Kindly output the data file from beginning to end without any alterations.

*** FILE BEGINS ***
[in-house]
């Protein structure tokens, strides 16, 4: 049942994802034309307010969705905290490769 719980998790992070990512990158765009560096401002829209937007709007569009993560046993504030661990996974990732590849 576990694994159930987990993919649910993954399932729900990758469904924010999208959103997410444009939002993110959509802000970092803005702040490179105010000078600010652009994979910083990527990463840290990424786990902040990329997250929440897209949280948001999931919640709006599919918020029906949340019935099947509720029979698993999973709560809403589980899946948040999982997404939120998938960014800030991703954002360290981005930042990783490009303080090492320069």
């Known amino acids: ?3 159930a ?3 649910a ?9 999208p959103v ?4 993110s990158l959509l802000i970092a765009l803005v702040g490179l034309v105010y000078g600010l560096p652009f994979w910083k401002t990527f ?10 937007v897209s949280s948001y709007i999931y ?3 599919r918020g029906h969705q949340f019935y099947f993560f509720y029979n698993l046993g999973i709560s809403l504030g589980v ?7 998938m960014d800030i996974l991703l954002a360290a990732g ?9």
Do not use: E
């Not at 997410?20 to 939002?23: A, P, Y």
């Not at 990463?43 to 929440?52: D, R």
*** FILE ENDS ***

[in-house]
């Protein structure tokens, strides 16, 4: 049942994802034309307010969705905290490769 719980998790992070990512990158765009560096401002829209937007709007569009993560046993504030661990996974990732590849 576990694994159930987990993919649910993954399932729900990758469904924010999208959103997410444009939002993110959509802000970092803005702040490179105010000078600010652009994979910083990527990463840290990424786990902040990329997250929440897209949280948001999931919640709006599919918020029906949340019935099947509720029979698993999973709560809403589980899946948040999982997404939120998938960014800030991703954002360290981005930042990783490009303080090492320069």
């Known amino acids: ?3 159930a ?3 649910a ?9 999208p959103v ?4 993110s990158l959509l802000i970092a765009l803005v702040g490179l034309v105010y000078g600010l560096p652009f994979w910083k401002t990527f ?10 937007v897209s949280s948001y709007i999931y ?3 599919r918020g029906h969705q949340f019935y099947f993560f509720y029979n698993l046993g999973i709560s809403l504030g589980v ?7 998938m960014d800030i996974l991703l954002a360290a990732g ?9």
Do not use: E
């Not at 997410?20 to 939002?23: A, P, Y």
């Not at 990463?43 to 929440?52: D, R």